Means of diagnosis improved. At first these were only applied to people with illnesses, but then the ability to look for problems ahead of time became apparent and screening was born.

Screening is a form of diagnosis that came late to medicine. Tests on urine for protein and blood were possible. Blood tests began being used at the start of the 19th century and X-Rays were developed.

Progress was slow so much that the routine testing strips we know use routinely with 10 tests on were still a 2 strip novelty 40 years ago ..

CXRays for TB detection were among the first general screening projects undertaken.

This dreaded disease, still present today, was reduced a hundred fold with detection treatment and isolation. Screening was abolished in the 1970’s in Australia. for 3 reasons which are still valid today. Cost, Radiation exposure [side effects] and near elimination of the condition. One funny twist of fate due to litigation and over investigation a large percentage of the population still have CXR’s for other reasons which equate to a de facto screening program.

The modern health problems are those of living longer, diabetes cancer and heart disease [stroke]. These conditions all increase with age and all reduce life expectancy greatly. They have an enormous impact at any time but more so when the sufferers are young.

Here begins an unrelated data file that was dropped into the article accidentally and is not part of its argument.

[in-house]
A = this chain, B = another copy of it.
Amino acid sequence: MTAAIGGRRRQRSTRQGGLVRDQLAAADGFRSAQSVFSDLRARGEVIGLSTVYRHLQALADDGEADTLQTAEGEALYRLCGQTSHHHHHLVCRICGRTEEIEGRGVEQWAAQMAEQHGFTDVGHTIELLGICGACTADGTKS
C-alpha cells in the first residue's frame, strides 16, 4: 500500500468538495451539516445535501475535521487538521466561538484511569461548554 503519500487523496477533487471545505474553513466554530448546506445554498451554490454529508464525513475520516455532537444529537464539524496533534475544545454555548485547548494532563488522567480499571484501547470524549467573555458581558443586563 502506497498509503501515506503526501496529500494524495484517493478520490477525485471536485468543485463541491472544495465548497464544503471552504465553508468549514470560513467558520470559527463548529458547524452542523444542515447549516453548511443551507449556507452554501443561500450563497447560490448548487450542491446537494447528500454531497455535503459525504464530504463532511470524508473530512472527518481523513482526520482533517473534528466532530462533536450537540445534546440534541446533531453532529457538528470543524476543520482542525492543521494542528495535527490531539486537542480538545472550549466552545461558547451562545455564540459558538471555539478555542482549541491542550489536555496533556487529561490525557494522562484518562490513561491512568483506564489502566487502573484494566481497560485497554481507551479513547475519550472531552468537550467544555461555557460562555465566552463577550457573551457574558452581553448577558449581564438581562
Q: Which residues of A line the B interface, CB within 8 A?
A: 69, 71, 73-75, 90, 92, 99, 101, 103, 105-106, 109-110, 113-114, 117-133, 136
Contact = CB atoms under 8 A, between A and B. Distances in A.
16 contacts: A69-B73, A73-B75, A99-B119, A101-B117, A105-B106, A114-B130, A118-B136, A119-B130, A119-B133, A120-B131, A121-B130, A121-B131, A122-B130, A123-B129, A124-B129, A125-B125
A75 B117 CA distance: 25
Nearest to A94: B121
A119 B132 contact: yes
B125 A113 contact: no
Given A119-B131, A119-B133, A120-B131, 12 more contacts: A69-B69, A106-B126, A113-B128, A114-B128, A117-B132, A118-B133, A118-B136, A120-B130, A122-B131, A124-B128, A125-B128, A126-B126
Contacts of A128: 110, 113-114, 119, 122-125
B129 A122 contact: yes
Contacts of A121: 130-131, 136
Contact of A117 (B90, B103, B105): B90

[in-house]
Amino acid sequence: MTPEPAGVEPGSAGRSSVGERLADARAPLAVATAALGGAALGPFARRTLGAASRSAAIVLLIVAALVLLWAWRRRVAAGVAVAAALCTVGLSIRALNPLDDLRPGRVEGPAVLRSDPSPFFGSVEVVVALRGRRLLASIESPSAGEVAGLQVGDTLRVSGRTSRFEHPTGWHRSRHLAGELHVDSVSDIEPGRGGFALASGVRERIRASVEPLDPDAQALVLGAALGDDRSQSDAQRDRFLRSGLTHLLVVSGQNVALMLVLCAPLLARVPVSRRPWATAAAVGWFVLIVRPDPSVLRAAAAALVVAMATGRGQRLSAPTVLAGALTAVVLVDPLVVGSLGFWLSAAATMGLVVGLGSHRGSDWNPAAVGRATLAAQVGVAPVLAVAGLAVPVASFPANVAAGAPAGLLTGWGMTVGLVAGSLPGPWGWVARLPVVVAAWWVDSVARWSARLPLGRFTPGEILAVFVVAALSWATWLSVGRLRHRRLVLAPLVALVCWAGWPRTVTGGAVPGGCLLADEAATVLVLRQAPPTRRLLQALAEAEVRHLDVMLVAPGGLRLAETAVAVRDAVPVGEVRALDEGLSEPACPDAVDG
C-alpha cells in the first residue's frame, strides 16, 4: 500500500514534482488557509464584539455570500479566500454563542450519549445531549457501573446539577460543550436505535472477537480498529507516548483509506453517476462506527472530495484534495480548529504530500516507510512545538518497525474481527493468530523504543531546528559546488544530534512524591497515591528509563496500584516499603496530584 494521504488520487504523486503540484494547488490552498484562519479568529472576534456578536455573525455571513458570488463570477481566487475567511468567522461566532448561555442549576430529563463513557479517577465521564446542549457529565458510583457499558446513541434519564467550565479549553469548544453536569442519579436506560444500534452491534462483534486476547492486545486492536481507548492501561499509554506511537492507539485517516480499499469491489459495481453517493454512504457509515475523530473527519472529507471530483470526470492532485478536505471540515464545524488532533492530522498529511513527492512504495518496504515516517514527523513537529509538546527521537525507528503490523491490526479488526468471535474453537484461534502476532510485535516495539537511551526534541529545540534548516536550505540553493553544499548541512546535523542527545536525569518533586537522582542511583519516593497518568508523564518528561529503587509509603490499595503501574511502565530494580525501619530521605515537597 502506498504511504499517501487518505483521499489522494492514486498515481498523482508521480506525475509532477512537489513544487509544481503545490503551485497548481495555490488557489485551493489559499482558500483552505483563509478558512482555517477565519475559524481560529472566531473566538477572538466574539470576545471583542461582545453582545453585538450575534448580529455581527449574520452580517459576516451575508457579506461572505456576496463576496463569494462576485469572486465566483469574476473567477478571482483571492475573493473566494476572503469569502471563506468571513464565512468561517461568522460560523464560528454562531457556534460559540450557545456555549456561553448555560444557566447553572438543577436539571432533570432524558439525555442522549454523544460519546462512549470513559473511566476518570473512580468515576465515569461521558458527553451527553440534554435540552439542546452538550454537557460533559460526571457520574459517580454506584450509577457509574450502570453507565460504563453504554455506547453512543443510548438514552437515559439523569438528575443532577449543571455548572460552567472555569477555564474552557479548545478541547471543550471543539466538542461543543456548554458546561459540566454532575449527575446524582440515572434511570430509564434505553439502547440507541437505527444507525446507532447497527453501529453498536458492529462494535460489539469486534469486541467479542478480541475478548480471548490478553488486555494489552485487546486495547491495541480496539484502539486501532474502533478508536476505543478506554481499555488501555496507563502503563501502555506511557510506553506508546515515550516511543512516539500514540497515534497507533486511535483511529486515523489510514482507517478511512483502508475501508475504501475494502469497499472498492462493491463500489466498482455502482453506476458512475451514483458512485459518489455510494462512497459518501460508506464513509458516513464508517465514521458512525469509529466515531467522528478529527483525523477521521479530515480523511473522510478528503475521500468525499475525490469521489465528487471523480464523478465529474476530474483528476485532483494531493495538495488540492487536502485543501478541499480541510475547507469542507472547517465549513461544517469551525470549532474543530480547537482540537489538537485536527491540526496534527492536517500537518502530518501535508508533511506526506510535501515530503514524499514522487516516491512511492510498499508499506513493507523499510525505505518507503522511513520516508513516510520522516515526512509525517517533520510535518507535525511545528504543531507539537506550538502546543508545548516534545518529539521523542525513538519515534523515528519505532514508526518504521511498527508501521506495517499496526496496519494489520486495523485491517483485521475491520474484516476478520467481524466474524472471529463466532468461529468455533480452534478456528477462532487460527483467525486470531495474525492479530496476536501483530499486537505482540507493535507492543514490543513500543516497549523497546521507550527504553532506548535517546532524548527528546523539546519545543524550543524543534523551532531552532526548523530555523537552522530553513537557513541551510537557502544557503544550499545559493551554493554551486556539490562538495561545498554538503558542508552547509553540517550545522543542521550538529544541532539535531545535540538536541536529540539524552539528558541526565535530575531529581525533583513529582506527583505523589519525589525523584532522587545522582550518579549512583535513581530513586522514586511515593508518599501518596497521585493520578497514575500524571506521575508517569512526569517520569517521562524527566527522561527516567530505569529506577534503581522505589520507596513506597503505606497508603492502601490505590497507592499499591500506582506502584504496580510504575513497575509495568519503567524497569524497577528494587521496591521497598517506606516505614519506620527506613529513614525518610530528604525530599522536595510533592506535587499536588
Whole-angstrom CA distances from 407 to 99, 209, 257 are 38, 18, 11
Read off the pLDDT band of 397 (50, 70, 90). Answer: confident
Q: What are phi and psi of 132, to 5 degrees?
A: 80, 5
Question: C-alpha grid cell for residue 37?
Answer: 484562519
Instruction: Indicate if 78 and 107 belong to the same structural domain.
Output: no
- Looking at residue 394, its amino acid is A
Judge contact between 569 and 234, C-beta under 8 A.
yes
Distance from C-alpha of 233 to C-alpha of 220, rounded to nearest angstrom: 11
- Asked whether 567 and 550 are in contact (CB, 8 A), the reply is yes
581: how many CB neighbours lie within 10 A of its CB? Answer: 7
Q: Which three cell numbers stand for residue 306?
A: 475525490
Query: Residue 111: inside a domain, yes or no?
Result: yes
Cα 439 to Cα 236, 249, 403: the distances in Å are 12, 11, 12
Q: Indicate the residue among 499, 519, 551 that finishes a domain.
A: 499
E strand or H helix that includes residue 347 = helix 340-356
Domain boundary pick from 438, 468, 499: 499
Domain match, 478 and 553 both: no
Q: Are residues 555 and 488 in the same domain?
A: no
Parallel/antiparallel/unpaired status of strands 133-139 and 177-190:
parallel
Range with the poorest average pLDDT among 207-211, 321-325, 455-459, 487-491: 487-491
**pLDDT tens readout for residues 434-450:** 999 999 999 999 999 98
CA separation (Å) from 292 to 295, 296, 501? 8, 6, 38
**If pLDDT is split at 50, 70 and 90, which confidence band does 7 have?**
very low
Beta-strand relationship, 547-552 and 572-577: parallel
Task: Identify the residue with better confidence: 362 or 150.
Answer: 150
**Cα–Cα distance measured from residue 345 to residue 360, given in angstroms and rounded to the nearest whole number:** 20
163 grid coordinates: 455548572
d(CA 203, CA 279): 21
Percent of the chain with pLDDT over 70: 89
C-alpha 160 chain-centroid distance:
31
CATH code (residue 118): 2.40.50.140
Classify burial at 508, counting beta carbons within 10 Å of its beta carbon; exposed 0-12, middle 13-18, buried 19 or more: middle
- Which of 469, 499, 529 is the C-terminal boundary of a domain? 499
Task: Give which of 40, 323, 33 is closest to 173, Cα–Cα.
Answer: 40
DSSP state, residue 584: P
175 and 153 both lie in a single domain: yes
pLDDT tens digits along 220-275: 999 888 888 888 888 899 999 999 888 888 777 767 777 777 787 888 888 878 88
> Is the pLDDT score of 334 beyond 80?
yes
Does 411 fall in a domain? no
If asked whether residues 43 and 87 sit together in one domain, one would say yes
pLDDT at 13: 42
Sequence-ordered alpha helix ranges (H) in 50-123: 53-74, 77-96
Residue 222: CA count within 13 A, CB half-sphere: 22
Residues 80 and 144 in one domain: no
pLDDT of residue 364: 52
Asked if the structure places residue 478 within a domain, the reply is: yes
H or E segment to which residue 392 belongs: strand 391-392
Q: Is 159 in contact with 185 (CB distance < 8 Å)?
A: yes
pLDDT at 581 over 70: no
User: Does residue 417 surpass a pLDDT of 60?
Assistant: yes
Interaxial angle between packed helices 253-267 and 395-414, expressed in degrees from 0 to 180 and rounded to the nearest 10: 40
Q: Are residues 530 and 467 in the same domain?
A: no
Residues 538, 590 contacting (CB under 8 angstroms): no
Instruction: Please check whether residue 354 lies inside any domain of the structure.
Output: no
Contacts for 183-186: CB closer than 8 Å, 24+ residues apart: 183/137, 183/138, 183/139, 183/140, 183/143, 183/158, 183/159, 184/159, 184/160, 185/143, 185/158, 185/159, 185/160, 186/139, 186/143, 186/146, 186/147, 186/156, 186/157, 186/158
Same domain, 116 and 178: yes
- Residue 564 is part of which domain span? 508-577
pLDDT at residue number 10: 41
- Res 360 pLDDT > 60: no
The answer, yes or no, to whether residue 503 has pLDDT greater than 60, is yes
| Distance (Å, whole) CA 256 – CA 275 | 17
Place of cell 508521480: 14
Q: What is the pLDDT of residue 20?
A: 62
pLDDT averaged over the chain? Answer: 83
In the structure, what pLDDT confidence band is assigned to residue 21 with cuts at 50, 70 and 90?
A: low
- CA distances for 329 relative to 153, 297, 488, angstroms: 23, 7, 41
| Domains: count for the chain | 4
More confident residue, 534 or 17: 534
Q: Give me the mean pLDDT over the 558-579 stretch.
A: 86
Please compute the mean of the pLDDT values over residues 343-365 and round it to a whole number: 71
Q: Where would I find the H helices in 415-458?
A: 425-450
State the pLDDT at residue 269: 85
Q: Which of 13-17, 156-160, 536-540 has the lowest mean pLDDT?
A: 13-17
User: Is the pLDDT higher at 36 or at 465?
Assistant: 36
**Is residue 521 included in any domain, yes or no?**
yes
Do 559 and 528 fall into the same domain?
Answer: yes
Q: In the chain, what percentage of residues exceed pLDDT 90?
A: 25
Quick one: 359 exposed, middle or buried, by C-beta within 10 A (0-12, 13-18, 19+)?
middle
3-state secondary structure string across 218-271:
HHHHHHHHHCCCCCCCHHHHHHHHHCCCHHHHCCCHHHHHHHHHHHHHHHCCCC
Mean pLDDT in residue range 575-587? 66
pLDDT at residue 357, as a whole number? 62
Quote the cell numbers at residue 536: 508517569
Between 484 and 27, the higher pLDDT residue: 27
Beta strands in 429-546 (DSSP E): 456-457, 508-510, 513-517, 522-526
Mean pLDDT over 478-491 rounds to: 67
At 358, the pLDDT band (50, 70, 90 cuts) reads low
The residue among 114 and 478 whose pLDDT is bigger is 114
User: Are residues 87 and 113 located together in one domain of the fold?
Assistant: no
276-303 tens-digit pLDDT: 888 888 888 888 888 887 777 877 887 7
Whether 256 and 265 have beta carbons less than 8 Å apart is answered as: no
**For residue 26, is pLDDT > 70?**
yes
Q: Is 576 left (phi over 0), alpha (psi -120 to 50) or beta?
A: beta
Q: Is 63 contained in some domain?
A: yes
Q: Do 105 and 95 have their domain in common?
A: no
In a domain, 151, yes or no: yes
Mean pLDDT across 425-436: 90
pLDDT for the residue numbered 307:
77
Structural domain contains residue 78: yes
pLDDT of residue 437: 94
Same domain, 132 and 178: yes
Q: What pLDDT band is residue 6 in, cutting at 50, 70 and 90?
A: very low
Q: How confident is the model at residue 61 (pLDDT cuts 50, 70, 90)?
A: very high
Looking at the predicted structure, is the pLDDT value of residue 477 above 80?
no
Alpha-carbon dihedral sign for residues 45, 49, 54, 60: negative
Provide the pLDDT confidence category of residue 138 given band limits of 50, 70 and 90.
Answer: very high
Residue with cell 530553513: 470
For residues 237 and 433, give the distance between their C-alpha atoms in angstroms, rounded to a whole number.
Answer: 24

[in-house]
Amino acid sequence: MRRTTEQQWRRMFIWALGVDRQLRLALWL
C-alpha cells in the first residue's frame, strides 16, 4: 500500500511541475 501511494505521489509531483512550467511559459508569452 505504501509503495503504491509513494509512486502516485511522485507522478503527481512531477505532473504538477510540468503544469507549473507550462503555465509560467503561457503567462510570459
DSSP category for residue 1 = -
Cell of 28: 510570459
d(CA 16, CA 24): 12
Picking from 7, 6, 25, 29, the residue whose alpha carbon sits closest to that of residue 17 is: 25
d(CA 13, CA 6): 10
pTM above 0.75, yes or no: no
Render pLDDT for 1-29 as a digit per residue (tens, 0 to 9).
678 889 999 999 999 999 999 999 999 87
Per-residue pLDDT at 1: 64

Ao to screening.

The ideal screening test is something non invasive, very reliable easy to do and producing a treatment outcome beneficial to the patient.

Bowel Cancer.

A sample of poo, well 2 or 3 actually a day apart preferably after avoiding meat in the diet an

 

 

 

 

 

 

climate

I did say “Only 37 of 58 sources list raw data”.
“37 of 58 represents the fraction of data sets”,
yes that is exactly what I said.

” not the fraction of raw data,”
I did not make that claim.

“You have denied for years that there are more than 5000 stations in the world ”

I have denied the number of active stations in the world.
There is a difference. Take
“International Surface Temperature Initiative (ISTI), . This release in its recommended form consists of over 30 000 individual station records, some of which extend over the past 300 years.”
this gives 30 thousand stations which are mostly inactive or extinct.
Station locations existing within the last 300 years with at least 1 month of data are used in GHCN-M version 3 (a).
Station locations during the periods 1871–1900 (b), 1931–1960 (c), 1961–1990 (d), and 1991–2013 (e) are also shown.

Or take
(GHCN-M) dataset in 1992, more than 6000 stations. A second version of GHCN-M, containing 7280 stations in 1997 in 2011, a third version of GHCN-M.
which says makes Routine updates for about 2000 stations are made on a daily basis.

Or
NASA’s GISS dataset 6000 stations.
A bit of tight squeeze as  Since version 2, GHCN-M has been a major component in the GISS data set. A bit hard to fit 7280 stations into 6000 but as only 2000 are active I guess you can ignore the rest.

Then